When evaluating the significance of the sun in Camus' The Stranger, we might focus on the connection between the day of the funeral (when Mersault's mother is buried) and the day that Mersault commits the murder.
On each of these days the sun is mentioned as being very hot, oppressive, and even painful.
We might conjecture that when Mersault encounters the extreme heat/sun on the beach he is (consciously or unconsciously) reminded of his mother's death and burial. The latter sections of the novel offer ample suggestion that Mersault is affected by his experiences (like his mother's death and his affection for Marie) even though he denies that these experiences are influencing him.
The espoused emotional and intellectual neutrality of Mersault's narration of his own psyche is brought into question by contrasting examples of deeply felt emotion and keenly observed, very human turmoil.
The second part of the novel deals with Mersault's denial of an inner life and the ramifications of this denial are indirectly examined in this section. However indirect the treatment of this idea may be, the notion that Mersault's actions are connected to an emotional inner-life is repeatedly suggested by almost all the characters that Mersault encounters in Part 2. Thus, while Mersault maintains an inner-dialogue that consistently denies emotional causes for his behavior, the novel creates a significant sense of doubt as to Mersault's ability to understand himself.
His behavior may be, ultimately, outside of his own control. His impulses may be inspired by emotional connections (such as the sun-mother's-death connection) that he either does not see, does not understand, or is unwilling to consider. The justice system's attempts to apply a strict morality to a person like this (who does not recognize his own emotional/psychological state of being) begins to illuminate Camus' notion of the absurd at work in The Stranger.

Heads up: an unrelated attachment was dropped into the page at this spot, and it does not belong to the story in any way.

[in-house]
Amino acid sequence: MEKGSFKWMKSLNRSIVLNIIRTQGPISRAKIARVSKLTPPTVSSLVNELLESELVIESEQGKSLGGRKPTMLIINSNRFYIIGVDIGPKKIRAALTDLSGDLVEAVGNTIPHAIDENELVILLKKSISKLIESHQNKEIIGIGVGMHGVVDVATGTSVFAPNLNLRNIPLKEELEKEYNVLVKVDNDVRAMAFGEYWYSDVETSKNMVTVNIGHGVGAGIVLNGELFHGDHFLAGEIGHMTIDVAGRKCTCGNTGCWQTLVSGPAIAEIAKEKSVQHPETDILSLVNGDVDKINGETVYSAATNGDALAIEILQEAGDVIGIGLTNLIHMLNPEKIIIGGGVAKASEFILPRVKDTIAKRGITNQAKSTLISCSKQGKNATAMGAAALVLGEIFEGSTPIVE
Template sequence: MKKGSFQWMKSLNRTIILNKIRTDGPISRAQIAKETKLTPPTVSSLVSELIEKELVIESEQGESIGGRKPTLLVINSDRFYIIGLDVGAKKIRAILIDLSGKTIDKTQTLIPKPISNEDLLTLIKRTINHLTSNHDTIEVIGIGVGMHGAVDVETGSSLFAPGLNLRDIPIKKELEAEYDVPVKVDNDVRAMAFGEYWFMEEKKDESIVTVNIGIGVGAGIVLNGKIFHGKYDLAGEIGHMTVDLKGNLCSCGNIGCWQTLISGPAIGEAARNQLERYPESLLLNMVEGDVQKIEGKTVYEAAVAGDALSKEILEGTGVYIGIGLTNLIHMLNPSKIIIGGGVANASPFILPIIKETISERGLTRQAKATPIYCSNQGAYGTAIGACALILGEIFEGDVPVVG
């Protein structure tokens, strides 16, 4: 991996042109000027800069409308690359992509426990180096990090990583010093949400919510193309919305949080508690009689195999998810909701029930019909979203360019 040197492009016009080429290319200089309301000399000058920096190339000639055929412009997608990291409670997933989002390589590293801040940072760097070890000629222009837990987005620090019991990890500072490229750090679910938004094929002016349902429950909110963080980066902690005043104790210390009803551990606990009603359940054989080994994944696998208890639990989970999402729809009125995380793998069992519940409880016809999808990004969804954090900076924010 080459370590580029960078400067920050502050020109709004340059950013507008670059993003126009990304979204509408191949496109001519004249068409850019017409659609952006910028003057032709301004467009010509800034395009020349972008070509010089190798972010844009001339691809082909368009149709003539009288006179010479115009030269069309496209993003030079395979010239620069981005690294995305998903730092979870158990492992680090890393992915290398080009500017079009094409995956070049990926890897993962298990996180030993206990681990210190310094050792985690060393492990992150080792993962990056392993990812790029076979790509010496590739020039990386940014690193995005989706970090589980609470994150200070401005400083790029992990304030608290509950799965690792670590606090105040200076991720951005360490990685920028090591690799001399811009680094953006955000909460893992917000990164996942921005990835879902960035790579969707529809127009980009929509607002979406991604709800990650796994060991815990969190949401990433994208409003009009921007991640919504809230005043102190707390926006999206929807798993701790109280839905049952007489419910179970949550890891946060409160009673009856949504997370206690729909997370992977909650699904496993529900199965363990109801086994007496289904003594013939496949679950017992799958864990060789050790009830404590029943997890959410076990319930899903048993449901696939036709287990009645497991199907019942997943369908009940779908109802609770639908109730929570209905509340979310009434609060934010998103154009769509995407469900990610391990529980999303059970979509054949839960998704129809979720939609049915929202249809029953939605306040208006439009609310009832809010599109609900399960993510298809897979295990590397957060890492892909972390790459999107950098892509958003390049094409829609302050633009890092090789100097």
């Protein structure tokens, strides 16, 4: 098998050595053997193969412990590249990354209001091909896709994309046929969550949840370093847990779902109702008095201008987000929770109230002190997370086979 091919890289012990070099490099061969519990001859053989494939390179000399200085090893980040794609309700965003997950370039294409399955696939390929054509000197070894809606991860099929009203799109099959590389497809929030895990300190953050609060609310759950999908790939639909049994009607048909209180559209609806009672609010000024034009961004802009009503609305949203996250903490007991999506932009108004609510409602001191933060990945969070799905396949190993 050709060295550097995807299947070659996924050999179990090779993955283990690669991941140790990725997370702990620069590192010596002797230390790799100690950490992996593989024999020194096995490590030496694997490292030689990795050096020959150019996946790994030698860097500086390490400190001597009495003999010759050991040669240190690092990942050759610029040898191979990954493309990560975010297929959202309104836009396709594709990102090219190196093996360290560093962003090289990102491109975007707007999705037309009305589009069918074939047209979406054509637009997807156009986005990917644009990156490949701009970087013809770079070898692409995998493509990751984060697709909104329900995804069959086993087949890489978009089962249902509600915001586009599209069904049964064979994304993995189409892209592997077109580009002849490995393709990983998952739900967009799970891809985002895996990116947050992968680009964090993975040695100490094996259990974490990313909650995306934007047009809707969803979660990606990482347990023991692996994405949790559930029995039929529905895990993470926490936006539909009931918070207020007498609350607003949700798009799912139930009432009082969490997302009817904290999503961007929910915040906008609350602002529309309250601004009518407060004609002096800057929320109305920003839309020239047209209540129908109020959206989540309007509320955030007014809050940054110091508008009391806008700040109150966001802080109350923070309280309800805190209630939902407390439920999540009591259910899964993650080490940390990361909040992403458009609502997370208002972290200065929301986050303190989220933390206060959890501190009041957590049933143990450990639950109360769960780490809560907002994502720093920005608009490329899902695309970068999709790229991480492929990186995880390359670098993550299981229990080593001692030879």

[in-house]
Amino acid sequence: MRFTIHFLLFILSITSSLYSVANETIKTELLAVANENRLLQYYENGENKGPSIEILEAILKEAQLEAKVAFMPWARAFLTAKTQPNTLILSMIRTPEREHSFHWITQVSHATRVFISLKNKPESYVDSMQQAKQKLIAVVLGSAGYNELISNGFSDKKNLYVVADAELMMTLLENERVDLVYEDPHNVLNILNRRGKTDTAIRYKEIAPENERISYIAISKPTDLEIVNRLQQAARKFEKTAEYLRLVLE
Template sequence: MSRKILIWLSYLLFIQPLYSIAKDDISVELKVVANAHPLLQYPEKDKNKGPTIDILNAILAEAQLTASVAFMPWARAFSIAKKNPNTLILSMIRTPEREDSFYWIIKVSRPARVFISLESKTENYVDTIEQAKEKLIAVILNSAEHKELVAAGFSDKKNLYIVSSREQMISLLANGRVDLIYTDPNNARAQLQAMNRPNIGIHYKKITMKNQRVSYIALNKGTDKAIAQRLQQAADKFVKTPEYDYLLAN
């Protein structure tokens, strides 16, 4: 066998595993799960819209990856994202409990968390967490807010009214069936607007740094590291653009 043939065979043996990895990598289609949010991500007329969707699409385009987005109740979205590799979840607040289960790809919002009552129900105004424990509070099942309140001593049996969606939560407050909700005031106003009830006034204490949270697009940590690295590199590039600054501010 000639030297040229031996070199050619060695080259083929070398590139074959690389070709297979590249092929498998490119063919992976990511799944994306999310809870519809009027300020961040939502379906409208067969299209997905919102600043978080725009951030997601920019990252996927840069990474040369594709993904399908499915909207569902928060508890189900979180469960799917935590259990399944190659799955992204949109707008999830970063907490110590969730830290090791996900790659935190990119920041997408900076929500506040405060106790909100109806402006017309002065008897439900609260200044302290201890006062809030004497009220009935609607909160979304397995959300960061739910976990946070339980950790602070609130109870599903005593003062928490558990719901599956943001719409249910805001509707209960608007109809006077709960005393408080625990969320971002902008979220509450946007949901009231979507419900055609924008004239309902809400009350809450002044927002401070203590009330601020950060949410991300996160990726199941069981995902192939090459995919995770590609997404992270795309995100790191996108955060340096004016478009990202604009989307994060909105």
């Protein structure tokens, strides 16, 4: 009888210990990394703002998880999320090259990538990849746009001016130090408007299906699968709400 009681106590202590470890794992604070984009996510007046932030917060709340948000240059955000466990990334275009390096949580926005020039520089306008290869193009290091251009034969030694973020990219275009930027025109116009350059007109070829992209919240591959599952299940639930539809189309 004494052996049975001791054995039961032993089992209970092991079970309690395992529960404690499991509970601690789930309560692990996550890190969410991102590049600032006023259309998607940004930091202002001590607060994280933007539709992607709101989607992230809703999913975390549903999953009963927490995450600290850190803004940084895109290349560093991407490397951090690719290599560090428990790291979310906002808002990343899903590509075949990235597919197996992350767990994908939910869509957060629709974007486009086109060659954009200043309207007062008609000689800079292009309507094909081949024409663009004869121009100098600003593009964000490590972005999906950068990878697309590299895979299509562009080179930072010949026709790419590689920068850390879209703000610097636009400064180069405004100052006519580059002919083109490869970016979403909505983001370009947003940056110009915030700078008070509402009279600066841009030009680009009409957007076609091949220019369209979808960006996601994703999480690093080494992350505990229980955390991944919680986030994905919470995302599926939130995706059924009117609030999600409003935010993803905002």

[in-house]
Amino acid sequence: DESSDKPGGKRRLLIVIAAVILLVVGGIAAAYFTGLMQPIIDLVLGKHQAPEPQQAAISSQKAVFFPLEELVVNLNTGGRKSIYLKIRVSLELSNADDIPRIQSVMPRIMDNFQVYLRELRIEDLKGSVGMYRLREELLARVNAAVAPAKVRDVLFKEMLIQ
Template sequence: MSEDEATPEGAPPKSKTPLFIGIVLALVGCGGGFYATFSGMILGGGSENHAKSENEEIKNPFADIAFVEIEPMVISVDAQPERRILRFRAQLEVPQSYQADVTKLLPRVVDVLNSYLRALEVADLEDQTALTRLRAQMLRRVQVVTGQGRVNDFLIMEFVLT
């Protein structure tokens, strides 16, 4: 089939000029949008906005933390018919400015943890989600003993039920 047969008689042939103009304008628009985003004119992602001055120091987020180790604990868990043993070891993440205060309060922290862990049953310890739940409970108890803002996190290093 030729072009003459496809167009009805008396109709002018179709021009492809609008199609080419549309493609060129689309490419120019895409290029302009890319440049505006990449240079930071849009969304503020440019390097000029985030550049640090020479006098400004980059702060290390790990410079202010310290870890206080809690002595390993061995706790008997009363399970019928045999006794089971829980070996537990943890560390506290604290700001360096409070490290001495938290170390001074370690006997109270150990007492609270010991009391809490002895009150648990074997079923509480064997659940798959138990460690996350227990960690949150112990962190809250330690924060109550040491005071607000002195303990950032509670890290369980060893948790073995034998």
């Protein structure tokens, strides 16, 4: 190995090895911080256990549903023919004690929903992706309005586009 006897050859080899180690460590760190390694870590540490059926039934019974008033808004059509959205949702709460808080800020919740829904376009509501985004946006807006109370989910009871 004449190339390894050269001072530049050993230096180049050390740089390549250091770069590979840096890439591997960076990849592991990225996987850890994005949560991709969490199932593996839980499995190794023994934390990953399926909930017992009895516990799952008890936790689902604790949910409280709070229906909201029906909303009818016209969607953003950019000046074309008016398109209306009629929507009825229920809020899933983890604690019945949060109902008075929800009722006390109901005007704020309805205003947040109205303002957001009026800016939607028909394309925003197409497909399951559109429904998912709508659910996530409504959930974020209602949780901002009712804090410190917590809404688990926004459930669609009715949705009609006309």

In any event, the sun is powerfully present when Mersault's mother is buried as well as on the day of the murder. The meaning of this connection and this symbolism is, perhaps, open to interpretation. The coincidence cited here may be intended to be understood as just that - a meaningless coincidence.
With a novelized philosophical statement of this sort, it is best to neglect or abandon the shallow Jungian symbolism of the sun as energy, heat, light source (although an argument could be made concerning the glare and mirage-making environment that might have contributed to Mersault’s mental condition). More fruitful is the contrast between the Algerian social environment and the European social presumptions. This is much more complex a contrast, and one that works vitally with the purely existential notion of denying a pre-designed plan in favor of an “invention” by Man’s choices. Mersault “chose” to kill, however obscure those motives (including mindlessness), and then lives the “consequences” of that choice, no-one’s “plan. The whole novel hinges on the first line: “Mother died today. Or maybe yesterday.” This small admission of the vagueness and unimportance of so-called “knowledge” begins Camus’ exploration of “guilt,” consequence, legality, etc. The sun and heat simply serve to define this “foreign” mise-en-scene, and alienate Mersault from “normalcy"; he is a “stranger” in this sun-soaked world and therefore unsure of the “moral” rules.